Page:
Yet UCLA did not win a national title until Wooden's 16th season. To accomplish this, he had to do something that many coaches can't manage: He had to change. At the urging of assistant Jerry Norman, a former player added to the coaching staff in 1957, Wooden focused on defense and instituted a zone press that he had used infrequently since he was a high school coach. Norman also was energetic about recruiting, something for which Wooden had little appetite.
In the 1973 book "The Wizard of Westwood," longtime college coach Jerry Tarkanian told Dwight Chapin and Jeff Prugh, the authors of the book who both covered UCLA basketball for The Times, that Wooden "does a tremendous job of organizing and getting his teams ready to play. He makes very few adjustments during games. Other teams worry about what he's going to do -- his press, his fast break. You're extremely conscious of them. They're hardly conscious of you at all."
Wooden was respected for more than just victories. The UCLA coach was equally revered for how his teams played the game -- a style that reflected his personality.
John Robert Wooden was born Oct. 14, 1910, in Hall, Ind., the third of six children. His father, Joshua Hugh Wooden, an uneducated farmer, guided the family through tough economic times by stressing hard work, honesty and the value of education. All four of the Wooden boys would be, at one time or another, teachers.
In a 1998 interview with The Times, Wooden recalled: "My father would always tell me: 'Don't look back, don't whine, don't complain.' "
When Joshua Wooden lost his farm in the Depression, he moved the family to Martinsville, 30 miles south of Indianapolis, where he found work as a bath attendant at one of the small town's artesian wells.
At Martinsville High School, Johnny Wooden -- as he was known in those days -- ran track, played baseball and became an all-state guard in basketball, leading his team to the state title in 1927. Most of the Big Ten Conference schools recruited him, Purdue winning out because of its academics and its renowned coach, Ward "Piggy" Lambert.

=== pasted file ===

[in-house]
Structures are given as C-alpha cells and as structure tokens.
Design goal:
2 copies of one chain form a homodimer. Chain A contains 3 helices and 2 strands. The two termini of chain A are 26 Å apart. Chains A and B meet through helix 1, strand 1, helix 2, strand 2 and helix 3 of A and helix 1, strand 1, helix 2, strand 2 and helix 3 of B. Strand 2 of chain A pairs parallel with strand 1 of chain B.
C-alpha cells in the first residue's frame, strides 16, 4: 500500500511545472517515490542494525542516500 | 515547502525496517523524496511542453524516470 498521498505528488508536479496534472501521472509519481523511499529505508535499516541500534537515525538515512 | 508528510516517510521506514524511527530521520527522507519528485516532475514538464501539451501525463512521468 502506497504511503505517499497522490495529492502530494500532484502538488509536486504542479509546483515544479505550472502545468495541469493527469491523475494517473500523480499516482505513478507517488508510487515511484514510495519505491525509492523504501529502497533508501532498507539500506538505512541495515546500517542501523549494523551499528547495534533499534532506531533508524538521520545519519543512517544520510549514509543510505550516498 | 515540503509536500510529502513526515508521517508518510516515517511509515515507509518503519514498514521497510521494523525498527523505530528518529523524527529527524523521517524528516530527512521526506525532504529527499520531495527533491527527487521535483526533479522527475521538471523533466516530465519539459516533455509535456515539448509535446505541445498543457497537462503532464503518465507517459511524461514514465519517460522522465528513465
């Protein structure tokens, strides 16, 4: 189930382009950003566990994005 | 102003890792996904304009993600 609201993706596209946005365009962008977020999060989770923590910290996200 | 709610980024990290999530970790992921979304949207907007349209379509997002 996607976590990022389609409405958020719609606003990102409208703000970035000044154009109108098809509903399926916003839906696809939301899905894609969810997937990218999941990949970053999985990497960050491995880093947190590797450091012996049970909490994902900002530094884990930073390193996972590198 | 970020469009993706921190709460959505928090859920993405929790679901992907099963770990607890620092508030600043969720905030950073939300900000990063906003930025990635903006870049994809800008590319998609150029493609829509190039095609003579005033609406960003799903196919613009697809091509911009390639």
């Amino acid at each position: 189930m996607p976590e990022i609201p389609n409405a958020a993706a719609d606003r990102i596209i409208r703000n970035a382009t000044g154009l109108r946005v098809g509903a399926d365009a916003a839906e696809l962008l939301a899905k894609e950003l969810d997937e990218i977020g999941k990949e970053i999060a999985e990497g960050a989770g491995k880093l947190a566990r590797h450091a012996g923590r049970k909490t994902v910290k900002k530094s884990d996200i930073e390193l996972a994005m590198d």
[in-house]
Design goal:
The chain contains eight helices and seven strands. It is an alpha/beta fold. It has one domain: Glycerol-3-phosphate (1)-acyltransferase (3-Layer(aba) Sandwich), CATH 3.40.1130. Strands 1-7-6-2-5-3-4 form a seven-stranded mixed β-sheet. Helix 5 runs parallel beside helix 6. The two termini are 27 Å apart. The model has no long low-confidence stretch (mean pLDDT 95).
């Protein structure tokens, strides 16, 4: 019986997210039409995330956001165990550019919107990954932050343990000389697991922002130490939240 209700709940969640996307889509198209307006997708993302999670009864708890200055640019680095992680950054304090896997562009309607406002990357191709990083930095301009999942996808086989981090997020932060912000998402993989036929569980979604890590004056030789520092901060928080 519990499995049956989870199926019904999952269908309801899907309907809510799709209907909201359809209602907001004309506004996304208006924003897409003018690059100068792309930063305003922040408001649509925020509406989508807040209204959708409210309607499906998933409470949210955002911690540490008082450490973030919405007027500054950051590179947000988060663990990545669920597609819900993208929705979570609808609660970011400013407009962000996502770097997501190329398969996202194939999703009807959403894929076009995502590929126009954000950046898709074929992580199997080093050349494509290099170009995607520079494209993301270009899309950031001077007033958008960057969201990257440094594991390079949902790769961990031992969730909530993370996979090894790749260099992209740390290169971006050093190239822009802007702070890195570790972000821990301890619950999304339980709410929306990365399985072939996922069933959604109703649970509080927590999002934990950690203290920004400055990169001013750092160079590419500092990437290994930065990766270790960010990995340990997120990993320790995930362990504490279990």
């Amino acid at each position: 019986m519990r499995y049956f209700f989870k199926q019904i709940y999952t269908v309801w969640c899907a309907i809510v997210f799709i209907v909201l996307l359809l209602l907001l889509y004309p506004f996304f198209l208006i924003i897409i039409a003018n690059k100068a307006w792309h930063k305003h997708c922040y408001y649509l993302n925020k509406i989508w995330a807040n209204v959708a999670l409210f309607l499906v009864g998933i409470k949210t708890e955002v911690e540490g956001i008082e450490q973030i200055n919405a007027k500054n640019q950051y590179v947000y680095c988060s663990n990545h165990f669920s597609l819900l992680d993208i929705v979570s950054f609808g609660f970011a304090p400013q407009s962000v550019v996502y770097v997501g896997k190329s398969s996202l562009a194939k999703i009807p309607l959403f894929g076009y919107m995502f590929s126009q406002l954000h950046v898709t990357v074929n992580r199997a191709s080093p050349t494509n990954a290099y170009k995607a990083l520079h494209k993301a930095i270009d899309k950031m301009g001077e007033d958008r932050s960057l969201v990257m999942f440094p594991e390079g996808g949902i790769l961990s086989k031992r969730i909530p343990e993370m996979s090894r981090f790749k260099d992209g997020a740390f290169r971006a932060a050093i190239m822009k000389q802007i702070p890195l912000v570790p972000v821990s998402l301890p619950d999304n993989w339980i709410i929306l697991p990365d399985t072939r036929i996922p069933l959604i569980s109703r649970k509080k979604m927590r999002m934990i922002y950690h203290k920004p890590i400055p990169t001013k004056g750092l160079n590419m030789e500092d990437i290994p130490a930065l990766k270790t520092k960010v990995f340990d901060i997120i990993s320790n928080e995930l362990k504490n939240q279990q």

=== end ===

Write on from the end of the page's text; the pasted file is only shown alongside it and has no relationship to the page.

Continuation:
The Boilermakers played an aggressive, up-tempo style that suited Wooden, who became known as the "Indiana Rubber Man" for his tendency to bound around the court and dive for loose balls, then bounce back into the action. He was a three-time All-American and led the Boilermakers to their only national championship in 1932.
His senior year was noteworthy for two other reasons. Wooden won the conference Medal for Academic Achievement as an English major. Years later, he would place the honor among his favorites on a list that included induction into the Basketball Hall of Fame as both a player and a coach, and the Presidential Medal of Freedom.
Also in 1932, Wooden married his high school sweetheart, Nell Riley. He called her "the only girl I ever went with."
After graduation, Wooden played semi-professional basketball, barnstorming through the Midwest. He once made 134 consecutive free throws, earning a $100 bill from the team's owner, the first time he had ever seen currency so large.
But his principal occupation was as coach and English teacher at Dayton, Ky., High School, where he followed an initial 6-11 season with a more respectable 15-3 finish. After two years, he moved to South Bend, Ind., Central High and nurtured a string of winning teams.
During World War II, Wooden enlisted in the Navy to serve as a physical trainer for combat pilots. Upon his discharge in 1946, he took a job as athletic director and coach of the basketball and baseball teams at Indiana State Teachers College (now Indiana State University) in Terre Haute.
Again, his teams had winning seasons, but the young coach might best be remembered for a game his squad did not play. In his first season, Indiana State earned a spot in the National Assn. of Intercollegiate Basketball tournament but was told that its lone black player, a reserve guard, was not welcome. Wooden declined the invitation.
The next season, the Sycamores, with a 27-7 record, were invited again. After discussions between Wooden and tournament officials, Clarence Walker became the first African American to compete in the postseason tournament.
Those two seasons at Indiana State -- and a 44-15 record -- were enough to attract interest from larger schools. It was good luck and bad weather that ultimately brought Wooden to the West Coast.